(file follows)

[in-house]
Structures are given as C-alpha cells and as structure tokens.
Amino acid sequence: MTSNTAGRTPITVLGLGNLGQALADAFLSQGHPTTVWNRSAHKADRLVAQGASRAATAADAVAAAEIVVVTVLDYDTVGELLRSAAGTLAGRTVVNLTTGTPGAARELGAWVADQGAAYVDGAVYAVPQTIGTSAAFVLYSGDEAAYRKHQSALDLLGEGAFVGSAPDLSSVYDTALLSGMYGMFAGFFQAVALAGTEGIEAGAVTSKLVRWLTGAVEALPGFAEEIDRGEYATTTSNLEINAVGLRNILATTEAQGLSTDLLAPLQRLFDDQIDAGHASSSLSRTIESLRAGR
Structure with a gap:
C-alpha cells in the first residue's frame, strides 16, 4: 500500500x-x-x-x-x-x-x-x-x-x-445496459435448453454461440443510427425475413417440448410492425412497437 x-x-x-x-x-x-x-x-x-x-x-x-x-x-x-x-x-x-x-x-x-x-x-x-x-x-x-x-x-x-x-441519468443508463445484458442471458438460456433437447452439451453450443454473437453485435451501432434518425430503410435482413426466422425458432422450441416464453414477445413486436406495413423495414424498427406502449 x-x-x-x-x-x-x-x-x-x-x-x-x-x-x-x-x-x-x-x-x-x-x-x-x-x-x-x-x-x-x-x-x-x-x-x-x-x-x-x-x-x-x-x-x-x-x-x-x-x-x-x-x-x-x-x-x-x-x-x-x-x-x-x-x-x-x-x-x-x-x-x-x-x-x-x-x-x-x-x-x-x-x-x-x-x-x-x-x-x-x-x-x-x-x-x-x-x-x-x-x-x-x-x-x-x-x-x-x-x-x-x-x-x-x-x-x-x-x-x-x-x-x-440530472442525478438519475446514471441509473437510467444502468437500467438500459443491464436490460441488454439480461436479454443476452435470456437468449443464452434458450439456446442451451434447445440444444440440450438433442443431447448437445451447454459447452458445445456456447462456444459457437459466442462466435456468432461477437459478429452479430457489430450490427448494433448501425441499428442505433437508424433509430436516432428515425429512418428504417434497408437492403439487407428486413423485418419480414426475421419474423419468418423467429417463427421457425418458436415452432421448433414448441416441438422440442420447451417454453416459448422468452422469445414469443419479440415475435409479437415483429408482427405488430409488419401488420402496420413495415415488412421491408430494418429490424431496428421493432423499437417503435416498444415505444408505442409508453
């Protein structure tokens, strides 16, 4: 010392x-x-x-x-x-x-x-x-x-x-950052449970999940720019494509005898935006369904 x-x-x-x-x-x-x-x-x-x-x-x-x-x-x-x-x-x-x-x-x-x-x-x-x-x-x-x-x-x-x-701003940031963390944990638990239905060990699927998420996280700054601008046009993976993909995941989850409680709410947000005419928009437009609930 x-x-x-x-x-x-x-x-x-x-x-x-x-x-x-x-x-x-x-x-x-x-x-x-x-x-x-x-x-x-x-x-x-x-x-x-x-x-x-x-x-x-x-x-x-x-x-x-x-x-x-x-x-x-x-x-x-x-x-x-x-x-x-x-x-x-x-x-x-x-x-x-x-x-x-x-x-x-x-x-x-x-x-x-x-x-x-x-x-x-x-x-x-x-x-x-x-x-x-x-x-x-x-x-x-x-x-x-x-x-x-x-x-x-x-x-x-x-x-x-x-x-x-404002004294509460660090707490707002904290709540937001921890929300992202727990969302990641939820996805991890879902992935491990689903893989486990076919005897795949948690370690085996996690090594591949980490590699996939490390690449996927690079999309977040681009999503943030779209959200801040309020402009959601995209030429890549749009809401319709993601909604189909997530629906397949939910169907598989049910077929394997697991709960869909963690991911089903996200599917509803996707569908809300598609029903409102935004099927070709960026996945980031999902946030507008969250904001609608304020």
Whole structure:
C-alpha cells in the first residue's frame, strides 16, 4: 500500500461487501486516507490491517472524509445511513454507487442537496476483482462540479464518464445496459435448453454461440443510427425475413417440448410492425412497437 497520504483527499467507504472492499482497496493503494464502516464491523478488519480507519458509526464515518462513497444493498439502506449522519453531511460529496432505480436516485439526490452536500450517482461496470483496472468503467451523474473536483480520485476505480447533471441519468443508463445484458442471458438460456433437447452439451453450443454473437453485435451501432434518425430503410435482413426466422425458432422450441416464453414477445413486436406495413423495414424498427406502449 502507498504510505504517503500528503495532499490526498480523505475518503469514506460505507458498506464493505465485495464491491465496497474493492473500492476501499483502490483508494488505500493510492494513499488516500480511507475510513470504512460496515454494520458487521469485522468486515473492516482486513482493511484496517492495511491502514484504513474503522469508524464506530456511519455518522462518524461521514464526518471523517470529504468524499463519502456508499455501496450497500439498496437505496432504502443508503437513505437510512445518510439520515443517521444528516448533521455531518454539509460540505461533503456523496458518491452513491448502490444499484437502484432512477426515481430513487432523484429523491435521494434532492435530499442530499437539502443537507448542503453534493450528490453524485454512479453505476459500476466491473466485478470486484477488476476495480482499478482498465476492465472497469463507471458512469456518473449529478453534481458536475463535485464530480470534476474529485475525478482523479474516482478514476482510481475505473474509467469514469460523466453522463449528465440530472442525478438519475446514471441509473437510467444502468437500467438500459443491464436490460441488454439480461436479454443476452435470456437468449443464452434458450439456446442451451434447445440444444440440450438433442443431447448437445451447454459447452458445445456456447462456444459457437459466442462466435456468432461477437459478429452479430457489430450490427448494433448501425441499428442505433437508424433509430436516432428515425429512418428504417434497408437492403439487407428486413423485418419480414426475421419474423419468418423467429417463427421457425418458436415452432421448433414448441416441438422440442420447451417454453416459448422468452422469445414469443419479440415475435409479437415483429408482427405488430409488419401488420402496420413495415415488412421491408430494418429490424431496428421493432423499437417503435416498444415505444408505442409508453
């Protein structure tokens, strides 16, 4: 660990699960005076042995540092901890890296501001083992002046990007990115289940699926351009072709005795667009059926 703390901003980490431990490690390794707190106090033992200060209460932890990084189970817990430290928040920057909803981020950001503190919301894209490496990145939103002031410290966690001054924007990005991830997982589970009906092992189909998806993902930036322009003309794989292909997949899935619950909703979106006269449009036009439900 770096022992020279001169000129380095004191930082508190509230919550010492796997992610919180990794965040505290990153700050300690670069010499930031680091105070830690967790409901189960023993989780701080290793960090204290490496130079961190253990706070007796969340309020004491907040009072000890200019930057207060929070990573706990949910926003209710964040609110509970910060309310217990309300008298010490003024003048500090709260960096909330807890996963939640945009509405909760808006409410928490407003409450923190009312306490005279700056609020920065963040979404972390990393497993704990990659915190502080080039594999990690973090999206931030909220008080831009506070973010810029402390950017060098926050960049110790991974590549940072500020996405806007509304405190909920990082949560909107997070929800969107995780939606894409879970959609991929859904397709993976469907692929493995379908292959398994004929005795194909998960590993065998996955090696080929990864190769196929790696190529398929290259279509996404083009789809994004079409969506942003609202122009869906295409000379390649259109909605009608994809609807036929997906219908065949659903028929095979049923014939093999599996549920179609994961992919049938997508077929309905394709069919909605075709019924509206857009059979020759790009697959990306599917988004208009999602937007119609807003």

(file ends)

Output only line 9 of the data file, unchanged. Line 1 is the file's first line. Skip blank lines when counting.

């Protein structure tokens, strides 16, 4: 660990699960005076042995540092901890890296501001083992002046990007990115289940699926351009072709005795667009059926 703390901003980490431990490690390794707190106090033992200060209460932890990084189970817990430290928040920057909803981020950001503190919301894209490496990145939103002031410290966690001054924007990005991830997982589970009906092992189909998806993902930036322009003309794989292909997949899935619950909703979106006269449009036009439900 770096022992020279001169000129380095004191930082508190509230919550010492796997992610919180990794965040505290990153700050300690670069010499930031680091105070830690967790409901189960023993989780701080290793960090204290490496130079961190253990706070007796969340309020004491907040009072000890200019930057207060929070990573706990949910926003209710964040609110509970910060309310217990309300008298010490003024003048500090709260960096909330807890996963939640945009509405909760808006409410928490407003409450923190009312306490005279700056609020920065963040979404972390990393497993704990990659915190502080080039594999990690973090999206931030909220008080831009506070973010810029402390950017060098926050960049110790991974590549940072500020996405806007509304405190909920990082949560909107997070929800969107995780939606894409879970959609991929859904397709993976469907692929493995379908292959398994004929005795194909998960590993065998996955090696080929990864190769196929790696190529398929290259279509996404083009789809994004079409969506942003609202122009869906295409000379390649259109909605009608994809609807036929997906219908065949659903028929095979049923014939093999599996549920179609994961992919049938997508077929309905394709069919909605075709019924509206857009059979020759790009697959990306599917988004208009999602937007119609807003």